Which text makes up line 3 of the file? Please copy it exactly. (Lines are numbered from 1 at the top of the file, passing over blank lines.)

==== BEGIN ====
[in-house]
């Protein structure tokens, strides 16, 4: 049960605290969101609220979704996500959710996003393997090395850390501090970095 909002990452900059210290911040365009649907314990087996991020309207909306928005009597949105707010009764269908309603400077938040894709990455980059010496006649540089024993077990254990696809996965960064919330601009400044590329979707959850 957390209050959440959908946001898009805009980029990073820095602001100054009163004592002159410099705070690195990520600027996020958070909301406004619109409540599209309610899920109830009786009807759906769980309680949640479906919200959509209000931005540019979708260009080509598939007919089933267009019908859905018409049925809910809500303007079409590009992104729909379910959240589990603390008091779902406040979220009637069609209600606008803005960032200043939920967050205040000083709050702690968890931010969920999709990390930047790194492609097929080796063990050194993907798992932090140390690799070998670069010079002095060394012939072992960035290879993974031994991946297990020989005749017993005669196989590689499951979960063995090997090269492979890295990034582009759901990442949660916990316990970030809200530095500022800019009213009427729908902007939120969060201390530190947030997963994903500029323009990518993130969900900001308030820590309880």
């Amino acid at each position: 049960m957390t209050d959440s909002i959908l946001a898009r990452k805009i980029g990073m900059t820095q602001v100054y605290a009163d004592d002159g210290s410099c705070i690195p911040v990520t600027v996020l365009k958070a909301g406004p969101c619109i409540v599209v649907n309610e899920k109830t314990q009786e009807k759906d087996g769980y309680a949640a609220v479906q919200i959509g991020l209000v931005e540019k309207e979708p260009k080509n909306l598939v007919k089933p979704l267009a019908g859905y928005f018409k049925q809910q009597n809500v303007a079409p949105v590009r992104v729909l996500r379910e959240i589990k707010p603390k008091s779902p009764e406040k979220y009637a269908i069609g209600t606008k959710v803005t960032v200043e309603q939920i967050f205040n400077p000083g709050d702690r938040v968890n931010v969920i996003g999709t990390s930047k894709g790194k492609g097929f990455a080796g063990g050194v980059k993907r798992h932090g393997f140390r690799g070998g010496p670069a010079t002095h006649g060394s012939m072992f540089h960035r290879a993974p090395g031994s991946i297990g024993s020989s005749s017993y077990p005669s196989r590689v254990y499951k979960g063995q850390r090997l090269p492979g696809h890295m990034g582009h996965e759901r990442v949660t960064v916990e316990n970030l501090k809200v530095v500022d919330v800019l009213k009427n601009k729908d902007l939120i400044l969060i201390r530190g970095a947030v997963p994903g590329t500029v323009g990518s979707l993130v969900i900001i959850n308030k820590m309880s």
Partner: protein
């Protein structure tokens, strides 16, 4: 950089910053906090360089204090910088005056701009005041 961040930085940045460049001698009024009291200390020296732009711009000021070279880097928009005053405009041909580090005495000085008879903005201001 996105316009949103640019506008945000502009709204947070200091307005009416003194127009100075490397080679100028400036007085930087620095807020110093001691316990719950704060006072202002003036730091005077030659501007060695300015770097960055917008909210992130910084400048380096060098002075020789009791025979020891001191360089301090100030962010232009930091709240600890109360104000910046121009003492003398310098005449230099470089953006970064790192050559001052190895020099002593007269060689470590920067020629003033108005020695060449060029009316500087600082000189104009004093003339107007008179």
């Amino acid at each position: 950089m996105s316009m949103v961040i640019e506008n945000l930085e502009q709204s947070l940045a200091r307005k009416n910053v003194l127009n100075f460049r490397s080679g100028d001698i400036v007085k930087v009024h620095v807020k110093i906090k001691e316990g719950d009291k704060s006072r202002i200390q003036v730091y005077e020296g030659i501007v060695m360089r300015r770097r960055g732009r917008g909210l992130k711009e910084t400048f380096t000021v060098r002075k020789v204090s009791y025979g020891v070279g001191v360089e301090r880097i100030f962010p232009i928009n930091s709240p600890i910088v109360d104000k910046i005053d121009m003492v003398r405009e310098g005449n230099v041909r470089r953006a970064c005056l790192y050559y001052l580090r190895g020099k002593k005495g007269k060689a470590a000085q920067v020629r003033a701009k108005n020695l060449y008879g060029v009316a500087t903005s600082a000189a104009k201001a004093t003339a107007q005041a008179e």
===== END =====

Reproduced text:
């Amino acid at each position: 049960m957390t209050d959440s909002i959908l946001a898009r990452k805009i980029g990073m900059t820095q602001v100054y605290a009163d004592d002159g210290s410099c705070i690195p911040v990520t600027v996020l365009k958070a909301g406004p969101c619109i409540v599209v649907n309610e899920k109830t314990q009786e009807k759906d087996g769980y309680a949640a609220v479906q919200i959509g991020l209000v931005e540019k309207e979708p260009k080509n909306l598939v007919k089933p979704l267009a019908g859905y928005f018409k049925q809910q009597n809500v303007a079409p949105v590009r992104v729909l996500r379910e959240i589990k707010p603390k008091s779902p009764e406040k979220y009637a269908i069609g209600t606008k959710v803005t960032v200043e309603q939920i967050f205040n400077p000083g709050d702690r938040v968890n931010v969920i996003g999709t990390s930047k894709g790194k492609g097929f990455a080796g063990g050194v980059k993907r798992h932090g393997f140390r690799g070998g010496p670069a010079t002095h006649g060394s012939m072992f540089h960035r290879a993974p090395g031994s991946i297990g024993s020989s005749s017993y077990p005669s196989r590689v254990y499951k979960g063995q850390r090997l090269p492979g696809h890295m990034g582009h996965e759901r990442v949660t960064v916990e316990n970030l501090k809200v530095v500022d919330v800019l009213k009427n601009k729908d902007l939120i400044l969060i201390r530190g970095a947030v997963p994903g590329t500029v323009g990518s979707l993130v969900i900001i959850n308030k820590m309880s």